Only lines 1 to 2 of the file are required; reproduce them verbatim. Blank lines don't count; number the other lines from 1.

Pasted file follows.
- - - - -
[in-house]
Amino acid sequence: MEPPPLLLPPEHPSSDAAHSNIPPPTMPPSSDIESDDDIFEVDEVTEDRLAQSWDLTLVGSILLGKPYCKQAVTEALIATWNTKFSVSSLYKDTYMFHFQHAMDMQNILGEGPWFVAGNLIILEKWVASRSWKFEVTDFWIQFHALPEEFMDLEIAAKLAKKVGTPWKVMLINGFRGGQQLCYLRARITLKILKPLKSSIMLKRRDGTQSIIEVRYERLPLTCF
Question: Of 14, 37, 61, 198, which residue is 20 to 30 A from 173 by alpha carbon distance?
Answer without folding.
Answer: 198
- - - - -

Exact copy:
[in-house]
Amino acid sequence: MEPPPLLLPPEHPSSDAAHSNIPPPTMPPSSDIESDDDIFEVDEVTEDRLAQSWDLTLVGSILLGKPYCKQAVTEALIATWNTKFSVSSLYKDTYMFHFQHAMDMQNILGEGPWFVAGNLIILEKWVASRSWKFEVTDFWIQFHALPEEFMDLEIAAKLAKKVGTPWKVMLINGFRGGQQLCYLRARITLKILKPLKSSIMLKRRDGTQSIIEVRYERLPLTCF